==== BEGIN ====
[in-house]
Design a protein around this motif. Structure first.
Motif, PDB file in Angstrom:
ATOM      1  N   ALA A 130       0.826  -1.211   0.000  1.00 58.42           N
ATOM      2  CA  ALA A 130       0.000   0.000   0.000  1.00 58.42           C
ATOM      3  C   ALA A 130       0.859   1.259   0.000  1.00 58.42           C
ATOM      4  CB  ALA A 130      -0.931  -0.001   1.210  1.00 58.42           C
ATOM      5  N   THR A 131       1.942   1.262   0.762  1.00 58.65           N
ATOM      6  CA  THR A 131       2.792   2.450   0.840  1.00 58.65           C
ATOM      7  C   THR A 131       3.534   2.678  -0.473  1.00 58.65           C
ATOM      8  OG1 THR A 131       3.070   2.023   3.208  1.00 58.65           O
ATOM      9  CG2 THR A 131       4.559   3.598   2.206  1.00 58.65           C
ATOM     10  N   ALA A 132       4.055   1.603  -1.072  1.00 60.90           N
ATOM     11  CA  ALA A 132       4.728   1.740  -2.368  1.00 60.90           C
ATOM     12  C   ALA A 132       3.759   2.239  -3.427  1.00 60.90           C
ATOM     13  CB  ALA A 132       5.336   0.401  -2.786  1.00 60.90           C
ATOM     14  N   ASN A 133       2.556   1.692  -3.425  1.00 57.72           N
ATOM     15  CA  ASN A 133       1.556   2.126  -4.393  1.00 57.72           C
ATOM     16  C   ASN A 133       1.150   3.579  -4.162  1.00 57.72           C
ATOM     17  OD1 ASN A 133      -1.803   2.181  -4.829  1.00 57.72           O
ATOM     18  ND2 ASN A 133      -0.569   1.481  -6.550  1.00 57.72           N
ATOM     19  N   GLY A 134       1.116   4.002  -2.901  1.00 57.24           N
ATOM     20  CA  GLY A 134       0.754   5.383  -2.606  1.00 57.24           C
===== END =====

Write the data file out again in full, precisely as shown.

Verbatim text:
[in-house]
Design a protein around this motif. Structure first.
Motif, PDB file in Angstrom:
ATOM      1  N   ALA A 130       0.826  -1.211   0.000  1.00 58.42           N
ATOM      2  CA  ALA A 130       0.000   0.000   0.000  1.00 58.42           C
ATOM      3  C   ALA A 130       0.859   1.259   0.000  1.00 58.42           C
ATOM      4  CB  ALA A 130      -0.931  -0.001   1.210  1.00 58.42           C
ATOM      5  N   THR A 131       1.942   1.262   0.762  1.00 58.65           N
ATOM      6  CA  THR A 131       2.792   2.450   0.840  1.00 58.65           C
ATOM      7  C   THR A 131       3.534   2.678  -0.473  1.00 58.65           C
ATOM      8  OG1 THR A 131       3.070   2.023   3.208  1.00 58.65           O
ATOM      9  CG2 THR A 131       4.559   3.598   2.206  1.00 58.65           C
ATOM     10  N   ALA A 132       4.055   1.603  -1.072  1.00 60.90           N
ATOM     11  CA  ALA A 132       4.728   1.740  -2.368  1.00 60.90           C
ATOM     12  C   ALA A 132       3.759   2.239  -3.427  1.00 60.90           C
ATOM     13  CB  ALA A 132       5.336   0.401  -2.786  1.00 60.90           C
ATOM     14  N   ASN A 133       2.556   1.692  -3.425  1.00 57.72           N
ATOM     15  CA  ASN A 133       1.556   2.126  -4.393  1.00 57.72           C
ATOM     16  C   ASN A 133       1.150   3.579  -4.162  1.00 57.72           C
ATOM     17  OD1 ASN A 133      -1.803   2.181  -4.829  1.00 57.72           O
ATOM     18  ND2 ASN A 133      -0.569   1.481  -6.550  1.00 57.72           N
ATOM     19  N   GLY A 134       1.116   4.002  -2.901  1.00 57.24           N
ATOM     20  CA  GLY A 134       0.754   5.383  -2.606  1.00 57.24           C